The General Assembly finished out the 2013 legislative session by tackling the public pension problem and passing a framework bill for industrial hemp in the late hours of Tuesday.
Kentucky Agriculture Commissioner James Comer considers Senate Bill 50, the industrial hemp bill, the first step for Kentucky emerging as a leader in the industrial hemp industry.
“We negotiated for two solid days and some of the plans weren’t realistic,” Comer said. “The Kentucky State Police commissioner said so many bad things about the bill. I got frustrated and left. They called me with another proposal, I came back and agreed to the amendments and it passed.”
Comer said the amendments to Senate Bill 50 wouldn’t set the program or hinder him from getting a waiver for Kentucky.
“The people of Kentucky put a lot of pressure on legislators to get this to pass,” Comer said. “There were a lot of arguments behind the scenes but we got an agreement and can move forward with the waiver.”
Comer said he would lead a delegation to Washington with Reps. John Yarmuth (D-Louisville and Sen. Rand Paul (R-Bowling Green). The delegation will ask the government to grant a waiver to Kentucky to legally grow industrial hemp.
“John Yarmuth will lead the delegation we assume he will have better relations with the Obama administration,” Comer said. “Sen. Paul and former state treasurer John Miller who also sits on the hemp commission will go there with Sen. McConnell with letters of support from CEOs who want to do business in Kentucky.”
Comer said Caudill Seed in Louisville wanted to crush the seed and process it for the food and health industry. Vaughn Tobacco Company in Versailles want to process the stalk and stem of the hemp plant for fiber. Comer said there were other companies interested, but he wants to caution farmers from just jumping into the market.
“I encourage farmers to not grow any hemp that don’t have a contract with these companies,” Comer said. “I don’t want to see an overstock and we want to make sure we have enough processors across the state. I think a waiver could be granted as early as this summer and everything could be in place by next spring.”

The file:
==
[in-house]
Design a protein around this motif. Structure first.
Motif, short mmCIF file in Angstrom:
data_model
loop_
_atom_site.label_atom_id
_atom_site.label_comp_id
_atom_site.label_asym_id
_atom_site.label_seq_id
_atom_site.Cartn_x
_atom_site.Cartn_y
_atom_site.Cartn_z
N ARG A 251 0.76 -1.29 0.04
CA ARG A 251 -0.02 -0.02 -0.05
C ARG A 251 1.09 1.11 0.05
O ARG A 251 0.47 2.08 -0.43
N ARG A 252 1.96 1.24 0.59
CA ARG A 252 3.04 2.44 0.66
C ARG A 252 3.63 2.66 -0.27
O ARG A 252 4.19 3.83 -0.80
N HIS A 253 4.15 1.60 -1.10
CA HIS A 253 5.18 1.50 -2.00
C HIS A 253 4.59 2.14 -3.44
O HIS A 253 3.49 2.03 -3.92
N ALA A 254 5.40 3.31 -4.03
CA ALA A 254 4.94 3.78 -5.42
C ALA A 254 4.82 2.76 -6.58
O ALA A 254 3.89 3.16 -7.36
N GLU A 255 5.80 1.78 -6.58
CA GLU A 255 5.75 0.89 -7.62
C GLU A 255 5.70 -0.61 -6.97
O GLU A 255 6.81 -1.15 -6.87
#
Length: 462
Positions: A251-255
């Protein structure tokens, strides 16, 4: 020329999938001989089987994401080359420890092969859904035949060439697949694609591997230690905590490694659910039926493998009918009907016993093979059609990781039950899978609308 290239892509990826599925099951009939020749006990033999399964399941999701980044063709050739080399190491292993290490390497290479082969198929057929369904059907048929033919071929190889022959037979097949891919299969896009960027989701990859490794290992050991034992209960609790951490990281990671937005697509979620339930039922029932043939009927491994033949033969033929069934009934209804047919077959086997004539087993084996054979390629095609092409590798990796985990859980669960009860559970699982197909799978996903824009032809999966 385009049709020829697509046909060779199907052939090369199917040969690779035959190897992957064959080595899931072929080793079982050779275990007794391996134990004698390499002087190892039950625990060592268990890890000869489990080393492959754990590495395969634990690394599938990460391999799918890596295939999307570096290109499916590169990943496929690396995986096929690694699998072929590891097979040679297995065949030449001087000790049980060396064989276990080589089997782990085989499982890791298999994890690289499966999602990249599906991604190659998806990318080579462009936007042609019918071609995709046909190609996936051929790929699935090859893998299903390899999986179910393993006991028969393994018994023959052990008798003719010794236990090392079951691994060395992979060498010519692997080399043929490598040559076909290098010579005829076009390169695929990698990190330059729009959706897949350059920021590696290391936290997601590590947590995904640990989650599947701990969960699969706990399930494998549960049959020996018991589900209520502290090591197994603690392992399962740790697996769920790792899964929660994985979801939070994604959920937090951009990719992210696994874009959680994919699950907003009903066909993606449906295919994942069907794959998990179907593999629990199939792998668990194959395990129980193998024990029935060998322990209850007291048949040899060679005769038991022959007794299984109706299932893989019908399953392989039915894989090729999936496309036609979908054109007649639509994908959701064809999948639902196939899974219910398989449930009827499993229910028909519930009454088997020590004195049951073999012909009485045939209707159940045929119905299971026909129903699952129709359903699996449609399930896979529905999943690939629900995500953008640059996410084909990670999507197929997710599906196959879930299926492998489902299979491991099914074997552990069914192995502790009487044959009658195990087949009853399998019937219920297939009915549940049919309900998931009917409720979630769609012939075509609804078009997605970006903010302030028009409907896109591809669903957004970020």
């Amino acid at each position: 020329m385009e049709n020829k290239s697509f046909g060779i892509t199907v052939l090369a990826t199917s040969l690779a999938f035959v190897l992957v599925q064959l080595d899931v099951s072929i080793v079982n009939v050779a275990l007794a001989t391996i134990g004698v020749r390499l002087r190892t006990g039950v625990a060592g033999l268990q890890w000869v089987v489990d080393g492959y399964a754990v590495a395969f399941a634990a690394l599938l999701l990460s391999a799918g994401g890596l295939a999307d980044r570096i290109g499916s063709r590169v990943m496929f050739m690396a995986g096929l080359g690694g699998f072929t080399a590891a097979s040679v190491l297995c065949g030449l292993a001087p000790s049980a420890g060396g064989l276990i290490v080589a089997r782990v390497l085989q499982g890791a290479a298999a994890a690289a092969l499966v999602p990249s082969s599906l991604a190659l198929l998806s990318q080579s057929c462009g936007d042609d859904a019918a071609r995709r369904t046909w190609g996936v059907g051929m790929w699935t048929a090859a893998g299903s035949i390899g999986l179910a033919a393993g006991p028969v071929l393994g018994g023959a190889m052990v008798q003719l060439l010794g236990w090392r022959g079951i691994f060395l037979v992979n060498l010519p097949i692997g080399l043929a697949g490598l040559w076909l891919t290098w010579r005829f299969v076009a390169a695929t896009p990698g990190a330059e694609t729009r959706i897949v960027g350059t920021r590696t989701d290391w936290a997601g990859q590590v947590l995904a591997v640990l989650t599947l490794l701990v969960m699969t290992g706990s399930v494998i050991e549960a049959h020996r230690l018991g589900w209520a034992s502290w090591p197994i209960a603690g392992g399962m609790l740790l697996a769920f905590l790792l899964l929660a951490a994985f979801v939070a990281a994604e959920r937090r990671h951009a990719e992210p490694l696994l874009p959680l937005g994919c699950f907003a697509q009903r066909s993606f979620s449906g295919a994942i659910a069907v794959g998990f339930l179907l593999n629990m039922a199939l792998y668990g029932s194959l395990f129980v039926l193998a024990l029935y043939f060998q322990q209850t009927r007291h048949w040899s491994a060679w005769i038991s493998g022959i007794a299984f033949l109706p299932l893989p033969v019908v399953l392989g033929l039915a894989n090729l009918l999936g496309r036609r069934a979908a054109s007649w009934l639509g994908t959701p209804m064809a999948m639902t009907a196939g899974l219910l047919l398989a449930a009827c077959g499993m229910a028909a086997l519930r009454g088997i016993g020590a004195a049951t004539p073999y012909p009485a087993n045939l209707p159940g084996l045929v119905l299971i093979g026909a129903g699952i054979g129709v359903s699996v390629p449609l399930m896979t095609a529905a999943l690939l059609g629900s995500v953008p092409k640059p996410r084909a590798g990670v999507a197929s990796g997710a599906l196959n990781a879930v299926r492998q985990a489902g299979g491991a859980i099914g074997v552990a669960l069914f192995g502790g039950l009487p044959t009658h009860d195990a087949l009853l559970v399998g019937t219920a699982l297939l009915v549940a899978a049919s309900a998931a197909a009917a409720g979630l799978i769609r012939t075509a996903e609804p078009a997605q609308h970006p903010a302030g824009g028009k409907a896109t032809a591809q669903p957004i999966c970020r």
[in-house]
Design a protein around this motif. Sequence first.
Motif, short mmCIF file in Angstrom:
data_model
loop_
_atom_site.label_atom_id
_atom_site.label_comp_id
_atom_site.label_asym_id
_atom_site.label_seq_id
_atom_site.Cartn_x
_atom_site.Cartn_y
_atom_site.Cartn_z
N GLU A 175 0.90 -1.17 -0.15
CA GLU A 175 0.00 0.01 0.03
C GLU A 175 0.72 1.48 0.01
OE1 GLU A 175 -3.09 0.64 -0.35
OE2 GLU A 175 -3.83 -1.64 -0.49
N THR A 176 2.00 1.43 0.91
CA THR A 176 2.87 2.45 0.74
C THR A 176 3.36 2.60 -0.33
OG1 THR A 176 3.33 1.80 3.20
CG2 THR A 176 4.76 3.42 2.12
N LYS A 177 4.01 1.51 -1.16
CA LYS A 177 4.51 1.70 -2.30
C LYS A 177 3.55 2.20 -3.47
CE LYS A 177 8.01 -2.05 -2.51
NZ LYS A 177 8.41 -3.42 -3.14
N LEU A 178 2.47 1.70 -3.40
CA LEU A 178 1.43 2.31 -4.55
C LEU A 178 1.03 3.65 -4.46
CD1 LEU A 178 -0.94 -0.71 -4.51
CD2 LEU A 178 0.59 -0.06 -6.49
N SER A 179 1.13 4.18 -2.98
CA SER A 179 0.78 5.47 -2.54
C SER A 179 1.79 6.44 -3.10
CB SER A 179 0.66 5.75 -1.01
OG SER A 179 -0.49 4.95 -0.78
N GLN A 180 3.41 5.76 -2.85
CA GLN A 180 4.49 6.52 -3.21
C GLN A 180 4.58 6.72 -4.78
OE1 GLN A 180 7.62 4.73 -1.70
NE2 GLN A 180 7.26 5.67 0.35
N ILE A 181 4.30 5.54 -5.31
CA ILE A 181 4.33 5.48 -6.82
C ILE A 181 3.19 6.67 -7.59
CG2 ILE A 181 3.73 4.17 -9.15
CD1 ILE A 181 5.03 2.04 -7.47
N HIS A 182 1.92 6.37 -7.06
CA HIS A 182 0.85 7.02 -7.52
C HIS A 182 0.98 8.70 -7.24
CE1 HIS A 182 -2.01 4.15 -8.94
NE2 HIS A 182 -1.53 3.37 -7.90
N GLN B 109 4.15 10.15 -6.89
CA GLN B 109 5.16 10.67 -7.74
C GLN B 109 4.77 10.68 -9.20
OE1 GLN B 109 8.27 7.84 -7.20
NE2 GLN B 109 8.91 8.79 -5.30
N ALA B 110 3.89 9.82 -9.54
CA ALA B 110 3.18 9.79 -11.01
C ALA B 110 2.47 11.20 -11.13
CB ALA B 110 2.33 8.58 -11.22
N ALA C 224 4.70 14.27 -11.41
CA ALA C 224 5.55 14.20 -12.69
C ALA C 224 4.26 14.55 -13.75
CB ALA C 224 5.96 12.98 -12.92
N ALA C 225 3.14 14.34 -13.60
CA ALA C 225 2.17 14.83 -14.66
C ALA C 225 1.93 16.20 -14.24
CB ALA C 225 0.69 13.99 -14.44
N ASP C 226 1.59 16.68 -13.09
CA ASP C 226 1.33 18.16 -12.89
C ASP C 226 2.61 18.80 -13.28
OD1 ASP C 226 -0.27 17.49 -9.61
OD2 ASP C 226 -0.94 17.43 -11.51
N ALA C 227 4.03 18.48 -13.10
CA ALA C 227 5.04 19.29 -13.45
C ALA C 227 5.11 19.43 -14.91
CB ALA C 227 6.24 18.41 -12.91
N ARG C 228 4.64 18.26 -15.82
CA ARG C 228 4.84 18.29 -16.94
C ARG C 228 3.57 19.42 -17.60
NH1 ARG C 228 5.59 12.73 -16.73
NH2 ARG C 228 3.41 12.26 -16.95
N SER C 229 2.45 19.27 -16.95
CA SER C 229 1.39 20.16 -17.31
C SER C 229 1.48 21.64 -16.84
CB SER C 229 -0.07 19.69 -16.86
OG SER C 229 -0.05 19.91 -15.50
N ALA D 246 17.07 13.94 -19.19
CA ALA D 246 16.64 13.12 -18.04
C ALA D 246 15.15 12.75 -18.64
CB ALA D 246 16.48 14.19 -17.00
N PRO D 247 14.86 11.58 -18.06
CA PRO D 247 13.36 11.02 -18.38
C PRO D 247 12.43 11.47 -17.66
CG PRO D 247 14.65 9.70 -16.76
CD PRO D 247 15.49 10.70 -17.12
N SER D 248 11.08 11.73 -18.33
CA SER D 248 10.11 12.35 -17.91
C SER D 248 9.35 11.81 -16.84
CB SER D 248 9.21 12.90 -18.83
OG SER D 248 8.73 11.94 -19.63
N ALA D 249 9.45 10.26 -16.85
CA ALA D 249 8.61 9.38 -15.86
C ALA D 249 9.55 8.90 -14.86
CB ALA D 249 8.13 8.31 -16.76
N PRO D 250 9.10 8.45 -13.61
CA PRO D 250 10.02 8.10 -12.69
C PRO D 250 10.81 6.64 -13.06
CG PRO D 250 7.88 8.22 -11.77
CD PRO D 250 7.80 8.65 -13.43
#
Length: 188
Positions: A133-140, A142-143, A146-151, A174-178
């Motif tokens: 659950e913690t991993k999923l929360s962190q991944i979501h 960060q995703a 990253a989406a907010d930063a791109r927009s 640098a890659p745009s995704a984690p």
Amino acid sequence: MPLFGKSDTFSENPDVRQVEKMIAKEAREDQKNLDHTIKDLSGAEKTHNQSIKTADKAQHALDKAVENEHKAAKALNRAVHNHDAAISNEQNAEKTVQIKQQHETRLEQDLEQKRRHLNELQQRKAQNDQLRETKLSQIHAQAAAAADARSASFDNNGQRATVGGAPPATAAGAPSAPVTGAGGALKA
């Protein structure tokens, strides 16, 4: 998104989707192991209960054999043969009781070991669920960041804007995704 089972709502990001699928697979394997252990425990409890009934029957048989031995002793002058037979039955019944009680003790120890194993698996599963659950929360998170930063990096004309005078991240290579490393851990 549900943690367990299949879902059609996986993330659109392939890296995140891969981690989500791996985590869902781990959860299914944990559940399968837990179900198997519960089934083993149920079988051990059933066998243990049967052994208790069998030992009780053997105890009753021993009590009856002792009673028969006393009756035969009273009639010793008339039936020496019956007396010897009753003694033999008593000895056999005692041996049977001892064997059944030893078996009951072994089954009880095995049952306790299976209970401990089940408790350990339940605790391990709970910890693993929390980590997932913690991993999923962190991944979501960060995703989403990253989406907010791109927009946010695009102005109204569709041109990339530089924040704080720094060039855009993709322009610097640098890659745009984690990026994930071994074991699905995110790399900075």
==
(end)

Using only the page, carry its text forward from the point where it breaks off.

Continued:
Comer said any university wishing to research the crop would do so with their own money once the federal ban or waiver is granted. The Kentucky State Police will oversee background checks of anyone seeking a license to grow industrial hemp.
“I don’t want the cost of the license to be anything but the cost of background check,” Comer said. “We don’t want to see any financial hardships set because of industrial hemp. My goal, and Sen. Paul’s, goal is to regulate this and then when the federal ban is lifted let it go to the private sector like tobacco. We are against excessive regulation but because it’s illegal now you have to have a strict regulatory framework.”
Comer will serve as Vice President of the Hemp Commission, which was one of the conditions of the new amendment.
“If I have to step down to get an agreement, I am fine with that,” Comer said. “There are plenty of good people on the commission who can serve as chairman.”
Rep. Rocky Adkins (D-Sandy Hook) and Sen. Paul Hornback (R-Shelbyville) are credited with getting the bill passed in the final minutes of the session. Senate Bill 50 passed 88-4 in the House and 35-1 in the Senate.
The $33 billion-dollar pension problem passed with an annual $100 million projected payment to get back on track.
Henry County State Rep. Rick Rand and State Sen. Ernie Harris were pleased at the outcome.
“It was a great victory for all of us to get the public pension problem solved in the House and Senate,” Harris said. “We reduced the individual tax credit from $20 to $10 and several million in tax neutral ways to meet the $100 million needed to fund it annually.”
Rand explained the funding also came from holding larger corporations more accountable.
“The Revenue Cabinet were given more authority to collect on taxes owed,” Rand said. “Larger corporations would take consulting fees as a tax write off and not be reported as profit so we have limited that amount so that will make up a third of the $100 million we need annually. The personal tax credit you get that most people don’t know about is $20 for filing your taxes and changing that to $10 will also make up a third.”
Rand also explained that when citizens trade in an old car for a new car they will pay the full sales tax. Beginning July 2014, if a citizen trades in a $10,000 car for a $30,000 new car consumers will only have tot pay the difference as a revenue neutral offset.